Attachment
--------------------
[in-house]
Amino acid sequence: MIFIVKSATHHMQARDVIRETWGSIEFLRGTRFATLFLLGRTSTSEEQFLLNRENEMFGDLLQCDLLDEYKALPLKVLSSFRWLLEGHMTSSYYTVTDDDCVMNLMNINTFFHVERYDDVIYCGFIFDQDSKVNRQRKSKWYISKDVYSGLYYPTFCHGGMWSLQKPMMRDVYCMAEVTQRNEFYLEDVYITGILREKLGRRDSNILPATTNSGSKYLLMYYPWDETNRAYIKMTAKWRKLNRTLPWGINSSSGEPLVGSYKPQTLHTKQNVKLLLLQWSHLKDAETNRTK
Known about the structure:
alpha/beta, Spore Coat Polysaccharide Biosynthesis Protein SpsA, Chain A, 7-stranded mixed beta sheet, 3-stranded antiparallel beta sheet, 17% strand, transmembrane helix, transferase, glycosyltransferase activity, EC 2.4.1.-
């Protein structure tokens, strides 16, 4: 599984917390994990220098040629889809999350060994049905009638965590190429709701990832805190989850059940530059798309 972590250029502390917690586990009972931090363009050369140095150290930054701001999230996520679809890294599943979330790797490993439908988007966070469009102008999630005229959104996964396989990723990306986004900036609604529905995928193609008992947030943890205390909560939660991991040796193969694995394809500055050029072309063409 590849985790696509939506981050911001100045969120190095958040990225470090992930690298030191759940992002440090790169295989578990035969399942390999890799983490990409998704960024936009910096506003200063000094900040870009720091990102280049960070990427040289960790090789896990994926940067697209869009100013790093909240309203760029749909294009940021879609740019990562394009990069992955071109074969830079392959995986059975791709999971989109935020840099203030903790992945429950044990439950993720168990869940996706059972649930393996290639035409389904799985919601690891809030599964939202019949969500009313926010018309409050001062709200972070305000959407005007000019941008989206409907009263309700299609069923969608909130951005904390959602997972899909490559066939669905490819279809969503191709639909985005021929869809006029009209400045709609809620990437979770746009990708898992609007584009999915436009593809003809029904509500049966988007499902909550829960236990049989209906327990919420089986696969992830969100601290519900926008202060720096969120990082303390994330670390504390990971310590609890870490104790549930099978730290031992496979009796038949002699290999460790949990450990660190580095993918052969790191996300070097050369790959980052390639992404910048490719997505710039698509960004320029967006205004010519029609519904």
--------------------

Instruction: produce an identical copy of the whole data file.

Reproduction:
[in-house]
Amino acid sequence: MIFIVKSATHHMQARDVIRETWGSIEFLRGTRFATLFLLGRTSTSEEQFLLNRENEMFGDLLQCDLLDEYKALPLKVLSSFRWLLEGHMTSSYYTVTDDDCVMNLMNINTFFHVERYDDVIYCGFIFDQDSKVNRQRKSKWYISKDVYSGLYYPTFCHGGMWSLQKPMMRDVYCMAEVTQRNEFYLEDVYITGILREKLGRRDSNILPATTNSGSKYLLMYYPWDETNRAYIKMTAKWRKLNRTLPWGINSSSGEPLVGSYKPQTLHTKQNVKLLLLQWSHLKDAETNRTK
Known about the structure:
alpha/beta, Spore Coat Polysaccharide Biosynthesis Protein SpsA, Chain A, 7-stranded mixed beta sheet, 3-stranded antiparallel beta sheet, 17% strand, transmembrane helix, transferase, glycosyltransferase activity, EC 2.4.1.-
């Protein structure tokens, strides 16, 4: 599984917390994990220098040629889809999350060994049905009638965590190429709701990832805190989850059940530059798309 972590250029502390917690586990009972931090363009050369140095150290930054701001999230996520679809890294599943979330790797490993439908988007966070469009102008999630005229959104996964396989990723990306986004900036609604529905995928193609008992947030943890205390909560939660991991040796193969694995394809500055050029072309063409 590849985790696509939506981050911001100045969120190095958040990225470090992930690298030191759940992002440090790169295989578990035969399942390999890799983490990409998704960024936009910096506003200063000094900040870009720091990102280049960070990427040289960790090789896990994926940067697209869009100013790093909240309203760029749909294009940021879609740019990562394009990069992955071109074969830079392959995986059975791709999971989109935020840099203030903790992945429950044990439950993720168990869940996706059972649930393996290639035409389904799985919601690891809030599964939202019949969500009313926010018309409050001062709200972070305000959407005007000019941008989206409907009263309700299609069923969608909130951005904390959602997972899909490559066939669905490819279809969503191709639909985005021929869809006029009209400045709609809620990437979770746009990708898992609007584009999915436009593809003809029904509500049966988007499902909550829960236990049989209906327990919420089986696969992830969100601290519900926008202060720096969120990082303390994330670390504390990971310590609890870490104790549930099978730290031992496979009796038949002699290999460790949990450990660190580095993918052969790191996300070097050369790959980052390639992404910048490719997505710039698509960004320029967006205004010519029609519904």